What does probation mean?

Definitions for probation
proʊˈbeɪ ʃənpro·ba·tion

Here are all the possible meanings and translations of the word probation.

Princeton's WordNet

  1. probationnoun

    a trial period during which your character and abilities are tested to see whether you are suitable for work or for membership

  2. probationnoun

    a trial period during which an offender has time to redeem himself or herself

  3. probationnoun

    (law) a way of dealing with offenders without imprisoning them; a defendant found guilty of a crime is released by the court without imprisonment subject to conditions imposed by the court

    "probation is part of the sentencing process"

Wiktionary

  1. probationnoun

    A period of time when a person occupies a position only conditionally and may easily be removed for poor performance

    You'll be on probation for first six months. After that, if you work out, they'll hire you permanently.

    Etymology: From probation, from probatio, from probare, past participle probatus; see probate, probe, prove.

  2. probationnoun

    A type of sentence where convicted criminals are allowed to continue living in the community but will automatically be sent to jail if they violate certain conditions

    He got two years probation for robbery.

    Etymology: From probation, from probatio, from probare, past participle probatus; see probate, probe, prove.

  3. probationnoun

    The act of testing; proof

    Etymology: From probation, from probatio, from probare, past participle probatus; see probate, probe, prove.

Webster Dictionary

  1. Probationnoun

    the act of proving; also, that which proves anything; proof

    Etymology: [L. probatio, fr. probare to try, examine, prove: cf. F. probation. See Prove.]

  2. Probationnoun

    any proceeding designed to ascertain truth, to determine character, qualification, etc.; examination; trial; as, to engage a person on probation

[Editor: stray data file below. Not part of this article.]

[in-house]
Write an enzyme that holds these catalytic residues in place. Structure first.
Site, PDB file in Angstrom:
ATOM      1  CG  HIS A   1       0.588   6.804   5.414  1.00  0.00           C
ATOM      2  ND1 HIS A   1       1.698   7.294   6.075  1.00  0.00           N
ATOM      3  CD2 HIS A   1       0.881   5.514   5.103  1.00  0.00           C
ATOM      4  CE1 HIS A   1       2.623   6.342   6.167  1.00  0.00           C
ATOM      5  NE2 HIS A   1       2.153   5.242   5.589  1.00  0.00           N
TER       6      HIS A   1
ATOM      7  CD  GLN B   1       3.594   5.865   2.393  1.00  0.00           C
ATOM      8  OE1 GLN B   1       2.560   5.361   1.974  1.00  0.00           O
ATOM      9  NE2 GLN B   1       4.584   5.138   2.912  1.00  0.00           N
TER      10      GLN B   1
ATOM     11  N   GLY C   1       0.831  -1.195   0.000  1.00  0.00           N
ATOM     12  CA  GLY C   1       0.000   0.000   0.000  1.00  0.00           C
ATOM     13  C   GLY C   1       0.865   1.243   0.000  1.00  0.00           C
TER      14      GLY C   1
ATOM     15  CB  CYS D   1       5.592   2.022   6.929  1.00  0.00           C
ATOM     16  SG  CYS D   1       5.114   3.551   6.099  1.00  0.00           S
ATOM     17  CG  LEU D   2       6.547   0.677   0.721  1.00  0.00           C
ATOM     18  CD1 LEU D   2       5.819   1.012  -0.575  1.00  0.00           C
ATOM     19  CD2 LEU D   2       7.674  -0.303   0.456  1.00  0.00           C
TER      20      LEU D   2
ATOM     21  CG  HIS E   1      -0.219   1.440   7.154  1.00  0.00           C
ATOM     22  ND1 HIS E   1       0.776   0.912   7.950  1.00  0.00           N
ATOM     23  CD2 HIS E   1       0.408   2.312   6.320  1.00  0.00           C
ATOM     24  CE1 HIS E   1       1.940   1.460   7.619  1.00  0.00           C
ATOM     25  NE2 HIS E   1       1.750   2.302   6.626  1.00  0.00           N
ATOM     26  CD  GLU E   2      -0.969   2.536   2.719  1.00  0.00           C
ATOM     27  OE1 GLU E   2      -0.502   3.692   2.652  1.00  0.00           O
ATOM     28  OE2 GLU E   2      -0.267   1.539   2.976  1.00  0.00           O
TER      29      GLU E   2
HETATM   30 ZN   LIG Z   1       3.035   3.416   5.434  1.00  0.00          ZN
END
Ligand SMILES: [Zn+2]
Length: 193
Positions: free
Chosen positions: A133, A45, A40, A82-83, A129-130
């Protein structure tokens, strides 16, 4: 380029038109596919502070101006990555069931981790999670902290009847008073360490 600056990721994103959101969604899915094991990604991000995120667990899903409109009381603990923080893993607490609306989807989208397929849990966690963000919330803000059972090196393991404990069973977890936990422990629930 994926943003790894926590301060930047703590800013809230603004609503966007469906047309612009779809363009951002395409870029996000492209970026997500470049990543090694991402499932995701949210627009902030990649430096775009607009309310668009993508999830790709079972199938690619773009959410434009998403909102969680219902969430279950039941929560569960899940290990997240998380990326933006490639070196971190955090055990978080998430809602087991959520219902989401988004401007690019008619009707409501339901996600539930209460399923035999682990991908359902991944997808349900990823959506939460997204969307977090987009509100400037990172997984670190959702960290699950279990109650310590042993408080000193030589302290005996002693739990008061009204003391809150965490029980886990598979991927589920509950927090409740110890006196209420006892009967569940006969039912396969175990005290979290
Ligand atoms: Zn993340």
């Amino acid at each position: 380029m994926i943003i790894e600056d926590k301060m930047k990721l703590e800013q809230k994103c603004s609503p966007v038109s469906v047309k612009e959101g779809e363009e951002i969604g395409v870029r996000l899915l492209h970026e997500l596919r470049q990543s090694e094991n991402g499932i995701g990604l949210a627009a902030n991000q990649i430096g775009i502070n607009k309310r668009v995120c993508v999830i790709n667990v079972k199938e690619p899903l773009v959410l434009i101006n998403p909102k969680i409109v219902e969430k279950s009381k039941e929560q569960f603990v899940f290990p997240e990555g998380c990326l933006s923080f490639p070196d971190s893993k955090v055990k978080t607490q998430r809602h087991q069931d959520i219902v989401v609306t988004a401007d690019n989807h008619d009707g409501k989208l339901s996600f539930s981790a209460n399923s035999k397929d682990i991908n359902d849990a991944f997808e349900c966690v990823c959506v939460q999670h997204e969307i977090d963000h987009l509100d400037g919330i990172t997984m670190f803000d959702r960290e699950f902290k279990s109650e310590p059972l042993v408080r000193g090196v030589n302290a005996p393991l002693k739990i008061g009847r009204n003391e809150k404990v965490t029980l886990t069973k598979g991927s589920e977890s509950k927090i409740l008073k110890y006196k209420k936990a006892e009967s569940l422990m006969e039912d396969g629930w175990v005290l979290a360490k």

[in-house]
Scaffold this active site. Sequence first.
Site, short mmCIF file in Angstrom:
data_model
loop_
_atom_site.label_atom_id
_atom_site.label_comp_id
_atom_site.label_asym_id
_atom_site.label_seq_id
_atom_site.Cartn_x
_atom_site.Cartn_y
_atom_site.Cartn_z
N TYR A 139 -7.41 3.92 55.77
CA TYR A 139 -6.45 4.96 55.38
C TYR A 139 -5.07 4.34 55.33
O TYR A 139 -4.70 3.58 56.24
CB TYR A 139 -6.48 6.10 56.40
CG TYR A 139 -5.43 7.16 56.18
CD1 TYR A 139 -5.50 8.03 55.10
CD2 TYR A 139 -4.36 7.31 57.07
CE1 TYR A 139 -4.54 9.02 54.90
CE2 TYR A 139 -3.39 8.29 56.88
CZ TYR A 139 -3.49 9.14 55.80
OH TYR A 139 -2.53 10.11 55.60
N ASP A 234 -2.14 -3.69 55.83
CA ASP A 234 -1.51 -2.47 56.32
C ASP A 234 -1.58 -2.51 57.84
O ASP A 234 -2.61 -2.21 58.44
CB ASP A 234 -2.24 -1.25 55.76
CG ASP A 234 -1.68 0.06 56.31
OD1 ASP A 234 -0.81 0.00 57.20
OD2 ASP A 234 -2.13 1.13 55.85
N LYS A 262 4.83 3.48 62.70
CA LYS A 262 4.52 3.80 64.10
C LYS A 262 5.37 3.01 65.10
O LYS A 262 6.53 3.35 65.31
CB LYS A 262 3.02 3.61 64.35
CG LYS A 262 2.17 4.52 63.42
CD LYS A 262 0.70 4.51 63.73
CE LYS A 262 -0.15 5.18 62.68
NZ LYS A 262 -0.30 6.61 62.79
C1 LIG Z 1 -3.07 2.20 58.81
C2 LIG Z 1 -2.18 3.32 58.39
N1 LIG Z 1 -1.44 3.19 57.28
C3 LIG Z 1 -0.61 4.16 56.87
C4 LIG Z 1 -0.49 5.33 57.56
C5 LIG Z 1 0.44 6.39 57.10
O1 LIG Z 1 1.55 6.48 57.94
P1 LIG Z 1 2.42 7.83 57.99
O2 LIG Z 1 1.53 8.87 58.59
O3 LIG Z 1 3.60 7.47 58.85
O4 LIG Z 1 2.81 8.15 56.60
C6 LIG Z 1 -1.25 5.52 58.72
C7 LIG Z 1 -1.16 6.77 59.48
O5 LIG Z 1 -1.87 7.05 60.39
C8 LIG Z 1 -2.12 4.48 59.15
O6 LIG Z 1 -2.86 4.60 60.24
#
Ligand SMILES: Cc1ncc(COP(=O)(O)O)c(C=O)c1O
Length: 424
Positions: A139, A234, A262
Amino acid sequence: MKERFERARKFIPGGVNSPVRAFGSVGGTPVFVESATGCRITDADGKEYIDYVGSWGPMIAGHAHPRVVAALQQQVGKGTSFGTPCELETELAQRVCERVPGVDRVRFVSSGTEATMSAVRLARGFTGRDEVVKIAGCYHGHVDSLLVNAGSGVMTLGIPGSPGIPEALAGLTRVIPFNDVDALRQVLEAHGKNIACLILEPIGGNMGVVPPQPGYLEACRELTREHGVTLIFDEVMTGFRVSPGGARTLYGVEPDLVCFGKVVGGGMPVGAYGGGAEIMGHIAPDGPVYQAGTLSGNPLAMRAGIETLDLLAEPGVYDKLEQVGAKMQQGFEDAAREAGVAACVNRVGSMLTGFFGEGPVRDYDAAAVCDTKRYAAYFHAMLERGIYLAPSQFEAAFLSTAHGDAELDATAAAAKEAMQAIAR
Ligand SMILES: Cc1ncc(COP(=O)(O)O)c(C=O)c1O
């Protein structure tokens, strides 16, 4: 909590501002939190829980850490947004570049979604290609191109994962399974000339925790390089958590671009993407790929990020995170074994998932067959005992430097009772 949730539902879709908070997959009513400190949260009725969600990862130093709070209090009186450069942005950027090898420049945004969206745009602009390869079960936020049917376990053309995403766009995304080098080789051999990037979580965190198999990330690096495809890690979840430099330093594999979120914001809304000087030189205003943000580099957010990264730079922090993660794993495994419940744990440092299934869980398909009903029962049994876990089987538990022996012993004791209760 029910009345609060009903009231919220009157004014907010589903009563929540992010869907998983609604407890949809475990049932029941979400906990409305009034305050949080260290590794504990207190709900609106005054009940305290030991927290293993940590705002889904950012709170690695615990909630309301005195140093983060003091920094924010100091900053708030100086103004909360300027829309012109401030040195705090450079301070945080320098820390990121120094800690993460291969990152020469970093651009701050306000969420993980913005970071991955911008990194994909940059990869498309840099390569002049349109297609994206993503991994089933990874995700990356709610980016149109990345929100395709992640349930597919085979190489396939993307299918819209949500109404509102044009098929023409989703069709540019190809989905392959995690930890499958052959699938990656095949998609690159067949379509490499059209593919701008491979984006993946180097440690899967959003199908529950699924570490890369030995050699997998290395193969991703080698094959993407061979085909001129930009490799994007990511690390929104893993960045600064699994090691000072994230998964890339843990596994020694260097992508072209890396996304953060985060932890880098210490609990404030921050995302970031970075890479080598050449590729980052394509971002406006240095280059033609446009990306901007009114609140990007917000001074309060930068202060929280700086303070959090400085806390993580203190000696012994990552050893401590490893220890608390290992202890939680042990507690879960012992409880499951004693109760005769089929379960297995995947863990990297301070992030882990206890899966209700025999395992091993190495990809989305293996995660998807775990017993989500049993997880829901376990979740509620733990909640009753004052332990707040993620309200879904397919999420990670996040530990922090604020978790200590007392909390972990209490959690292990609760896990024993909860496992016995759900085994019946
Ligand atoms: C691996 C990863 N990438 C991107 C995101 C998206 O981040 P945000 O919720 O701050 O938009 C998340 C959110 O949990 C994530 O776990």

Etymology: [L. probatio, fr. probare to try, examine, prove: cf. F. probation. See Prove.]

  3. Probationnoun

    the novitiate which a person must pass in a convent, to probe his or her virtue and ability to bear the severities of the rule

    Etymology: [L. probatio, fr. probare to try, examine, prove: cf. F. probation. See Prove.]

  4. Probationnoun

    the trial of a ministerial candidate's qualifications prior to his ordination, or to his settlement as a pastor

    Etymology: [L. probatio, fr. probare to try, examine, prove: cf. F. probation. See Prove.]

  5. Probationnoun

    moral trial; the state of man in the present life, in which he has the opportunity of proving his character, and becoming qualified for a happier state

    Etymology: [L. probatio, fr. probare to try, examine, prove: cf. F. probation. See Prove.]

Freebase

  1. Probation

    Probation in criminal law is a period of supervision over an offender, ordered by a court in the stead of serving time in prison. In some jurisdictions, the term probation only applies to community sentences, such as suspended sentences. In others, probation also includes supervision of those conditionally released from prison on parole. An offender on probation is ordered to follow certain conditions set forth by the court, often under the supervision of a probation officer. During this testing period, an offender faces the threat of being sent back to prison, if found breaking the rules. Offenders are ordinarily required to refrain from possession of firearms, and may be ordered to remain employed, abide to a curfew, live at a directed place, obey the orders of the probation officer, or not leave the jurisdiction. The probationer might be ordered as well to refrain from contact with the victims, with potential victims of similar crimes, or with known criminals, particularly co-defendants. Additionally, the restrictions can include a ban on possession or use of alcoholic beverages, even if alcohol was not involved in the original criminal charges. Offenders on probation might be fitted with an electronic tag, which signals their whereabouts to officials. Also, offenders have been ordered to submit to repeated alcohol/drug testing or to participate in alcohol/drug or psychological treatment, or to perform community service work.

Chambers 20th Century Dictionary

  1. Probation

    prō-bā′shun, n. act of proving: any proceeding to elicit truth, &c.: trial: time of trial: moral trial: noviciate.—adjs. Probā′tional, Probā′tionary, relating to probation or trial.—n. Probā′tioner, one who is on probation or trial: (Scot.) one licensed to preach, but not ordained to a pastorate.—adjs. Prō′bative, Prō′batory, serving for proof or trial: relating to proof.—n. Probā′tor, an examiner.—The doctrine of future probation, the doctrine that the gospel will be preached in another life to the unregenerate dead or to those who never heard it in life. [Fr.,—L.]